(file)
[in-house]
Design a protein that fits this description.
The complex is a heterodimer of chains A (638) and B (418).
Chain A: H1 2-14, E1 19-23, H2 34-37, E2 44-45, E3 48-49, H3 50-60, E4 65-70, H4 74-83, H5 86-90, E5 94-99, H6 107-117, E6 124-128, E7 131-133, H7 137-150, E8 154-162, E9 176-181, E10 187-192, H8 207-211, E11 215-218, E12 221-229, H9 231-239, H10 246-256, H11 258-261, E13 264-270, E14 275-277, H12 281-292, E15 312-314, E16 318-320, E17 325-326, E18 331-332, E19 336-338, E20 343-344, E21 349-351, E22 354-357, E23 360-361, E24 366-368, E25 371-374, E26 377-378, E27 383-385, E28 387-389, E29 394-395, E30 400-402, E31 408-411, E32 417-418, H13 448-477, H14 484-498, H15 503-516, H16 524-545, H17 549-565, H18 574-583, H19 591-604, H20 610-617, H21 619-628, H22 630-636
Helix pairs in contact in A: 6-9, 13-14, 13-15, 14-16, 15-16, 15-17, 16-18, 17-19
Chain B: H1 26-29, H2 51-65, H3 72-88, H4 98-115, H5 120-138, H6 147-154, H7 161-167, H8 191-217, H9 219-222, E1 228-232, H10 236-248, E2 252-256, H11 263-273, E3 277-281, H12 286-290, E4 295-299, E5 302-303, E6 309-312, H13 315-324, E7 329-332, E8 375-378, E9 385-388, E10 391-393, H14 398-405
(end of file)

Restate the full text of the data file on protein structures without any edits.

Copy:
[in-house]
Design a protein that fits this description.
The complex is a heterodimer of chains A (638) and B (418).
Chain A: H1 2-14, E1 19-23, H2 34-37, E2 44-45, E3 48-49, H3 50-60, E4 65-70, H4 74-83, H5 86-90, E5 94-99, H6 107-117, E6 124-128, E7 131-133, H7 137-150, E8 154-162, E9 176-181, E10 187-192, H8 207-211, E11 215-218, E12 221-229, H9 231-239, H10 246-256, H11 258-261, E13 264-270, E14 275-277, H12 281-292, E15 312-314, E16 318-320, E17 325-326, E18 331-332, E19 336-338, E20 343-344, E21 349-351, E22 354-357, E23 360-361, E24 366-368, E25 371-374, E26 377-378, E27 383-385, E28 387-389, E29 394-395, E30 400-402, E31 408-411, E32 417-418, H13 448-477, H14 484-498, H15 503-516, H16 524-545, H17 549-565, H18 574-583, H19 591-604, H20 610-617, H21 619-628, H22 630-636
Helix pairs in contact in A: 6-9, 13-14, 13-15, 14-16, 15-16, 15-17, 16-18, 17-19
Chain B: H1 26-29, H2 51-65, H3 72-88, H4 98-115, H5 120-138, H6 147-154, H7 161-167, H8 191-217, H9 219-222, E1 228-232, H10 236-248, E2 252-256, H11 263-273, E3 277-281, H12 286-290, E4 295-299, E5 302-303, E6 309-312, H13 315-324, E7 329-332, E8 375-378, E9 385-388, E10 391-393, H14 398-405